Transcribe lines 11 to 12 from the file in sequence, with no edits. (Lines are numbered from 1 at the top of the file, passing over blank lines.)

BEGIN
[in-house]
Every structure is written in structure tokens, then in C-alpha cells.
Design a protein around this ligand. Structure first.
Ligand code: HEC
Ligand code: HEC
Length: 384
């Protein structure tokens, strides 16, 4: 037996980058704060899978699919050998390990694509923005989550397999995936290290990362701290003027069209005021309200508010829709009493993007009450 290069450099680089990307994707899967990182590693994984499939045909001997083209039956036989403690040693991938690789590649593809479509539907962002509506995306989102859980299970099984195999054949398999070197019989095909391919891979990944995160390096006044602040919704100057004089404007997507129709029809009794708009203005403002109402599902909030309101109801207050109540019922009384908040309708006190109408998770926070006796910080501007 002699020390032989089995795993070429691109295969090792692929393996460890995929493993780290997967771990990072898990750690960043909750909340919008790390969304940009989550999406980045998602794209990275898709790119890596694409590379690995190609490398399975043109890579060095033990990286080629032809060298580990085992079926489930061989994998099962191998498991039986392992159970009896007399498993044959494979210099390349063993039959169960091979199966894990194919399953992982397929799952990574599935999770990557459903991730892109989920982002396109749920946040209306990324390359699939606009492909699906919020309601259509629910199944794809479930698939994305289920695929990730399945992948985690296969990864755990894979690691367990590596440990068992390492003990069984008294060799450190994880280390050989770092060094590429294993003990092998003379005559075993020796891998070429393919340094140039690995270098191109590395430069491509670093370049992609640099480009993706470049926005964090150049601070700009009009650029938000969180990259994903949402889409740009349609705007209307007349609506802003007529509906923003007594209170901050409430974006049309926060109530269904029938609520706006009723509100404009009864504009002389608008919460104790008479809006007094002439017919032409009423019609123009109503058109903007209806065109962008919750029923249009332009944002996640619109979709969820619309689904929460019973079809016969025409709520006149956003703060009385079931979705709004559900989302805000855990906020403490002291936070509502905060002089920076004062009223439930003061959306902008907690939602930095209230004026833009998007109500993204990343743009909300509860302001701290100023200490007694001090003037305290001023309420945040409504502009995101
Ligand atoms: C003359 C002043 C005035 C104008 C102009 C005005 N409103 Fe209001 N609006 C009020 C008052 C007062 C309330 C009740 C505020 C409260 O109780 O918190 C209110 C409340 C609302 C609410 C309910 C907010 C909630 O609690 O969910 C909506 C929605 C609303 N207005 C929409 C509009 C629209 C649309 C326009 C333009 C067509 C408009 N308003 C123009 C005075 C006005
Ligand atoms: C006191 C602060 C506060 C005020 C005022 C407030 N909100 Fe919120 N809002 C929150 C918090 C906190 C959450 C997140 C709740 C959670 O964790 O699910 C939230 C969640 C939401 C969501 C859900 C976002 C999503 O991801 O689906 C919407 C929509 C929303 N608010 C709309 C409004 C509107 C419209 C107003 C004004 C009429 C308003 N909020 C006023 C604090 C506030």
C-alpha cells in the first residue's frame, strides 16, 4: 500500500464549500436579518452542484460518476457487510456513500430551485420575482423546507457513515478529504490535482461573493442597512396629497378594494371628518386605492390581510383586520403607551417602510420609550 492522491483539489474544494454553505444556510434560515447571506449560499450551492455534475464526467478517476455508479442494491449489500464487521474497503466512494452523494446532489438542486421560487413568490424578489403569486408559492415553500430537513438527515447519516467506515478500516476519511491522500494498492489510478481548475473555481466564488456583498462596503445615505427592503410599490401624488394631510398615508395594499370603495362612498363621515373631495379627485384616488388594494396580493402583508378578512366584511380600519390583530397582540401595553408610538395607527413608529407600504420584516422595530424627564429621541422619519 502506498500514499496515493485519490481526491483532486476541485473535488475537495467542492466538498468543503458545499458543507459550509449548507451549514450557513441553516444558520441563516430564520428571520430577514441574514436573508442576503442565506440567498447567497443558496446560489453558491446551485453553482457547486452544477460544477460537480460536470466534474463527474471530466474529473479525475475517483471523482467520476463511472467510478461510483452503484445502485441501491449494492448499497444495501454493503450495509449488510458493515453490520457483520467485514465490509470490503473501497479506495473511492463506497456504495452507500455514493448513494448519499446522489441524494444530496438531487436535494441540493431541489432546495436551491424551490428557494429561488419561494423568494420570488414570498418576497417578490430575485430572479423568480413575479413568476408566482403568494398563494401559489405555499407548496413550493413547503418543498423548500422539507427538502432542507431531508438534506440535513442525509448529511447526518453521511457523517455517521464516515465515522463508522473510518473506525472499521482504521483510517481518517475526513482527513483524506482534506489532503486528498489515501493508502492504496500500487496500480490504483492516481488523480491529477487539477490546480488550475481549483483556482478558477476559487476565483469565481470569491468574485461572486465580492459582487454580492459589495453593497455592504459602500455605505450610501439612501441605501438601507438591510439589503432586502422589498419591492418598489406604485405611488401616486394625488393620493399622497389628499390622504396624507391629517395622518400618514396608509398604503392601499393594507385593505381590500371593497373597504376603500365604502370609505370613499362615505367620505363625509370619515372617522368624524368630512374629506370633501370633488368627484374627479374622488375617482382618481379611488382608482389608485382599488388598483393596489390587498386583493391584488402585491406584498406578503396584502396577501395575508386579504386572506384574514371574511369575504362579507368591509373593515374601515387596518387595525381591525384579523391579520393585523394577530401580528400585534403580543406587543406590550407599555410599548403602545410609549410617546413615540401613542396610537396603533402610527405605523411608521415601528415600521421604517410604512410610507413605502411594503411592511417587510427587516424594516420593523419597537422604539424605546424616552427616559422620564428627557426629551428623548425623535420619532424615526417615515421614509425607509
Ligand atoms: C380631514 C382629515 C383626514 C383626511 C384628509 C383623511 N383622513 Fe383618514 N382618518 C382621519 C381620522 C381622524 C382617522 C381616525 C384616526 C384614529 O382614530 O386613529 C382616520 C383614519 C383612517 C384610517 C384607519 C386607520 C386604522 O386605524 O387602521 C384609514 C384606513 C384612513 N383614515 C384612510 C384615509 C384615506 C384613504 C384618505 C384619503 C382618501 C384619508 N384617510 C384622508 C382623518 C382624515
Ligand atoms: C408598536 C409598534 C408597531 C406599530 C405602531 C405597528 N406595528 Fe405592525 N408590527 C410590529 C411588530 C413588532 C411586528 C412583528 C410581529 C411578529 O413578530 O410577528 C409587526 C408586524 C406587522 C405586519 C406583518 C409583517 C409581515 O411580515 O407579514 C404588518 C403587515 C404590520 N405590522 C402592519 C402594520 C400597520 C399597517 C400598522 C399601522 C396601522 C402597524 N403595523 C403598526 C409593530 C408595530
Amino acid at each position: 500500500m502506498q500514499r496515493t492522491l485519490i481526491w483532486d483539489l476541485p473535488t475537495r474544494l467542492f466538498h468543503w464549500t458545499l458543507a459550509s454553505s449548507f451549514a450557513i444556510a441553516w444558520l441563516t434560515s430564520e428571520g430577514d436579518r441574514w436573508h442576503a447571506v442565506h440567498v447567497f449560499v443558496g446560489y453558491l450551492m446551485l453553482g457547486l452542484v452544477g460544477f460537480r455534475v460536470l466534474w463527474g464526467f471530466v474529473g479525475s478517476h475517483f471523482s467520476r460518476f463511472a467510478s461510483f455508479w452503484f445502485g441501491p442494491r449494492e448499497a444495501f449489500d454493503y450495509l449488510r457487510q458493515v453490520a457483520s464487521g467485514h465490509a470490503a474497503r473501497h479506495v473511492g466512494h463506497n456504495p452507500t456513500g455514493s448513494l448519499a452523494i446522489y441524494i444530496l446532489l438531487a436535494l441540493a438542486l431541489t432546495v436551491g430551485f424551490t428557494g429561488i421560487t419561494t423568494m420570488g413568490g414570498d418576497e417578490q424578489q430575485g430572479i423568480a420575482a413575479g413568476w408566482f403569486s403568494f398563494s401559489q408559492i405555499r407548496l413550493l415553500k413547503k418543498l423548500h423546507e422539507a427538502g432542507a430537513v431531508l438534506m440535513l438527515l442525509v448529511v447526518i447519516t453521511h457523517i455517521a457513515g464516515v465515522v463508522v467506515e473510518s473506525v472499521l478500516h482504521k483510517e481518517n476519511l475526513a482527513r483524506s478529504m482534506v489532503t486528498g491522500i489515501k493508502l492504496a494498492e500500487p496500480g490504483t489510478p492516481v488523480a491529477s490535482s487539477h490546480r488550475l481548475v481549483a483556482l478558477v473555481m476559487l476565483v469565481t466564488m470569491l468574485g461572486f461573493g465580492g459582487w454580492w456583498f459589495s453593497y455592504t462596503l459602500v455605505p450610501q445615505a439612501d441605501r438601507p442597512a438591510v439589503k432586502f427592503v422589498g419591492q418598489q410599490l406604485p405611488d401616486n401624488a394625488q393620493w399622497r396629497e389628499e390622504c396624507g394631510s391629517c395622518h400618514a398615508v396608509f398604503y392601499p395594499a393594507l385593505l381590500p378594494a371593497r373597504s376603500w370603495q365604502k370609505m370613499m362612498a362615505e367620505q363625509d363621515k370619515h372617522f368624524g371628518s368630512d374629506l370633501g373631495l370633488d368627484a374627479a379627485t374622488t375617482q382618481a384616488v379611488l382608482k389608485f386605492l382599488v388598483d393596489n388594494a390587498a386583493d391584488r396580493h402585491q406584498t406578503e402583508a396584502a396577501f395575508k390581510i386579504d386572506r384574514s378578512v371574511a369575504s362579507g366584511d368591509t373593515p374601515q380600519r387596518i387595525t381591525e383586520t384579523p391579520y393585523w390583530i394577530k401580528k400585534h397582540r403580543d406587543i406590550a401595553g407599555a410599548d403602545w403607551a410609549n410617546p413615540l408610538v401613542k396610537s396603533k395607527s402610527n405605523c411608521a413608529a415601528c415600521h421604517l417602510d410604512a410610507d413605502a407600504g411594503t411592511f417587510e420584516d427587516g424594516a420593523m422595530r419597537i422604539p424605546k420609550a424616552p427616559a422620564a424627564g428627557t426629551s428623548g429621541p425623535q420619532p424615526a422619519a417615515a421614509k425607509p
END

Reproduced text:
Ligand atoms: C380631514 C382629515 C383626514 C383626511 C384628509 C383623511 N383622513 Fe383618514 N382618518 C382621519 C381620522 C381622524 C382617522 C381616525 C384616526 C384614529 O382614530 O386613529 C382616520 C383614519 C383612517 C384610517 C384607519 C386607520 C386604522 O386605524 O387602521 C384609514 C384606513 C384612513 N383614515 C384612510 C384615509 C384615506 C384613504 C384618505 C384619503 C382618501 C384619508 N384617510 C384622508 C382623518 C382624515
Ligand atoms: C408598536 C409598534 C408597531 C406599530 C405602531 C405597528 N406595528 Fe405592525 N408590527 C410590529 C411588530 C413588532 C411586528 C412583528 C410581529 C411578529 O413578530 O410577528 C409587526 C408586524 C406587522 C405586519 C406583518 C409583517 C409581515 O411580515 O407579514 C404588518 C403587515 C404590520 N405590522 C402592519 C402594520 C400597520 C399597517 C400598522 C399601522 C396601522 C402597524 N403595523 C403598526 C409593530 C408595530